Kathleen Winters, a pilot and aviation historian, noticed a glaring gap in the library of books on Charles and Anne Lindbergh: There was very little written about their groundbreaking and grueling survey flights.
For Winters, that oversight on the part of previous biographers was like a parting of clouds leading to an open landing strip. It led to her debut book, "Anne Morrow Lindbergh: First Lady of the Air," which chronicles the white-knuckle dangers of those 1930s flights from the perspective of Anne, who served as her husband's navigator and radio operator in their two-person plane.
"They had only one engine on the plane. If they had to land, they'd be in the wilderness with no support," Winters said in a phone interview Monday from her St. Paul Park home. "They had to carry spare parts and do all the maintenance on the plane. They were often in areas that had never seen an airplane."
If you go
What: Brown Bag Summer Speakers' Series
Who: Kathleen Winters, author of "Anne Morrow Lindbergh: First Lady of the Air"
When: Noon Monday
Where: Brainerd Public Library
Admission: Free. Visitors are welcome to bring a brown-bag lunch.
Winters, who will speak at noon Monday at the Brainerd Public Library, aimed to convey the life-or-death aspect of early aviation in the book.
"The plane was built to Charles' specifications. It was state of the art. But back then, state of the art was primitive. People were flying across oceans at night with very little instrumentation. They had no navigational tools other than sextants and a compass. Looking back, I don't know how they did it, and I think most pilots would feel that way."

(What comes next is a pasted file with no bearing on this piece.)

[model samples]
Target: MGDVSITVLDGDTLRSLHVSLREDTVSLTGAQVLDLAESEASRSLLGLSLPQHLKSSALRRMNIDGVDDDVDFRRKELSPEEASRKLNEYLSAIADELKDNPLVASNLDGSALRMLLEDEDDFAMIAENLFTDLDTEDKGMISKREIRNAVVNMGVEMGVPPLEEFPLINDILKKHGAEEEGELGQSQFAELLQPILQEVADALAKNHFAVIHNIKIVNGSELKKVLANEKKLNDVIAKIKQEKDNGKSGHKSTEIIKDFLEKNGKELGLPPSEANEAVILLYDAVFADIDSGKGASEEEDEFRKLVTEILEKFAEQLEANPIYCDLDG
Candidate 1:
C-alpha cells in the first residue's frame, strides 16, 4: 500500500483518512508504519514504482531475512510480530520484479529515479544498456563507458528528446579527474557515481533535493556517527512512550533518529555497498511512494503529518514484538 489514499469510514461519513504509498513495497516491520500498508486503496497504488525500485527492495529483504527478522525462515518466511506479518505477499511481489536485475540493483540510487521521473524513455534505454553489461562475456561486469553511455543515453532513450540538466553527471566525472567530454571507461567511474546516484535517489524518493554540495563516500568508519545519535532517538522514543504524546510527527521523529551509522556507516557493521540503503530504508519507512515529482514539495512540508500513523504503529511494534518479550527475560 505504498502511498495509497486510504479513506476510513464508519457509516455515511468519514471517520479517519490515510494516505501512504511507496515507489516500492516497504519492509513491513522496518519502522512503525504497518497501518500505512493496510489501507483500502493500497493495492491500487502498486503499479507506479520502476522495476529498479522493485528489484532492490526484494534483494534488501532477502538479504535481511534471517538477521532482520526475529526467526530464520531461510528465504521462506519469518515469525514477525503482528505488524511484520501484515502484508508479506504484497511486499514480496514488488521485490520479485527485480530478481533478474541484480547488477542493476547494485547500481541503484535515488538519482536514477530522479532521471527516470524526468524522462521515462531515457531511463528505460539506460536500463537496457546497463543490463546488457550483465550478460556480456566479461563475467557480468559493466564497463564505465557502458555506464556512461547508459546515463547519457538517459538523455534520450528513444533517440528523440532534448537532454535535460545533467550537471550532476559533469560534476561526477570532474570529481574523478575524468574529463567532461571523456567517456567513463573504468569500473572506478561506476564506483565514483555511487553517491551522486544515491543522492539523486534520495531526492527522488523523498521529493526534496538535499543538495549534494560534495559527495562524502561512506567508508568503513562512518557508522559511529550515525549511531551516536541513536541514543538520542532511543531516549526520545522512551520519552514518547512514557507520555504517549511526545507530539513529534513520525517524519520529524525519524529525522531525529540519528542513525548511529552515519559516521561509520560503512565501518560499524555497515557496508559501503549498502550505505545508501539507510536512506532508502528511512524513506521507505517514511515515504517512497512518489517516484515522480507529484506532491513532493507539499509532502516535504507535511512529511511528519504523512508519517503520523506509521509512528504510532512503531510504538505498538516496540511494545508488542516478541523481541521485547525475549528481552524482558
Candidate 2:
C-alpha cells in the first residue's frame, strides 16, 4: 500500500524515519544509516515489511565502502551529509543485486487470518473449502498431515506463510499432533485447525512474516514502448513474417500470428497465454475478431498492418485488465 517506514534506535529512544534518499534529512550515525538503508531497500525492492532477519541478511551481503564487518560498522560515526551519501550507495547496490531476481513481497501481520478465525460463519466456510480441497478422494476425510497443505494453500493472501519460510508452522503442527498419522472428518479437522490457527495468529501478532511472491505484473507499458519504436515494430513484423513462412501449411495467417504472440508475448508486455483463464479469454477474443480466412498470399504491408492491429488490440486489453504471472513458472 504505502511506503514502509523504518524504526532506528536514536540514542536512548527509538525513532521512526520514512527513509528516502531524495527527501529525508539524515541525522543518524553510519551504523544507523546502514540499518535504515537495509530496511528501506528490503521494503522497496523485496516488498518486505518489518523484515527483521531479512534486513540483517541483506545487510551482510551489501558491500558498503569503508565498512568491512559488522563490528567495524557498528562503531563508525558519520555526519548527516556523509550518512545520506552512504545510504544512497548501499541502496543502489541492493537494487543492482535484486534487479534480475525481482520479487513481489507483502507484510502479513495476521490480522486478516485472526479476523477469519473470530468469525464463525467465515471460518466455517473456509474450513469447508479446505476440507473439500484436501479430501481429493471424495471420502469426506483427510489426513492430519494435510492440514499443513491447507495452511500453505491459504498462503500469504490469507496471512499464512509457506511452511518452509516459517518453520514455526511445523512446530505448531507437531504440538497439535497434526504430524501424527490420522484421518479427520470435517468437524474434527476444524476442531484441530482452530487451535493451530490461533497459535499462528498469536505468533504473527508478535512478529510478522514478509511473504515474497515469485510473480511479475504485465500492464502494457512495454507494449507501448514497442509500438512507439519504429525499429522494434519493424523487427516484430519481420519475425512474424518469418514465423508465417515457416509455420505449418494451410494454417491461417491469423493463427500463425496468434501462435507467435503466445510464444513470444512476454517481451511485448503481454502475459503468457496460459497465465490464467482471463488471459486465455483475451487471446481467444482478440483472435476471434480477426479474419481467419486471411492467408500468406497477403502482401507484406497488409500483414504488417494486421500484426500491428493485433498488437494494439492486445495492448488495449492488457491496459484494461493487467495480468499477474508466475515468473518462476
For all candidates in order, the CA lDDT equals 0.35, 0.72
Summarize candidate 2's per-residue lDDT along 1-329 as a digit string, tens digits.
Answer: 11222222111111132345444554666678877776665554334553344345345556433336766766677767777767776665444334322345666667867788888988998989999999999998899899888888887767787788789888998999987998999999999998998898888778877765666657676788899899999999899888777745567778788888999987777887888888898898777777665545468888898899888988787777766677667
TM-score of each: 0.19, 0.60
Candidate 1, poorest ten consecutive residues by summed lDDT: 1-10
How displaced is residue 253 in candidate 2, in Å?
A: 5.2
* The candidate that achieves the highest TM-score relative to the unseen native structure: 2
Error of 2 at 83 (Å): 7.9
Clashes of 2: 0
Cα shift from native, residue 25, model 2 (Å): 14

The Lindberghs planned meticulously before launching their survey flights to the Orient via Canada and Africa via the North Atlantic. Likewise, Winters did a lot of research before getting to the fun of writing.
"This is the first extensive research I had done," said Winters, who has contributed to several aviation magazines. "There's no getting around it. It is tedious, sitting at a table and looking at box after box of materials."
Winters' research - conducted at the historical societies of Morrison County, Minnesota, Missouri and Yale - wasn't all about flying, though. The author also developed a good picture of the late Anne. Winters never met Anne - who, after her flying career, became a best-selling author and diarist - but she felt a kinship toward her.
"Other writers presented a skewed characterization of Anne," Winters said. "She was a strong woman who enjoyed her life of adventure. She was an early feminist - she wanted to be good in everything she did and she struggled with these conflicting roles. She was very much a woman ahead of her times.
"I, too, had to struggle with conflicting roles in my younger years, especially when I had a young child. I had to put aside aviation to concentrate on working and family matters. I particularly understood Anne's struggle in a man's world of aviation. She mentioned several times she felt alienated being a woman in a man's world, being surrounded by the technical aspects of the flights."
"First Lady of the Air," published last year by Palgrave Macmillan, has particularly drawn interest in the areas the Lindberghs called home: New York, the New England states, Michigan and, of course, Minnesota - Charles spent his childhood in Little Falls.
Winters, currently working on a second aviation book, finds the publicity grind to be an enjoyable brand of hard work.
"I love talking to audiences about flying," she said. "And I believe this book has appealed to a universal audience because it talks about women's issues, men, history and adventure."
On the Web:
JOHN HANSEN can be reached at firstname.lastname@example.org or 855-5863.
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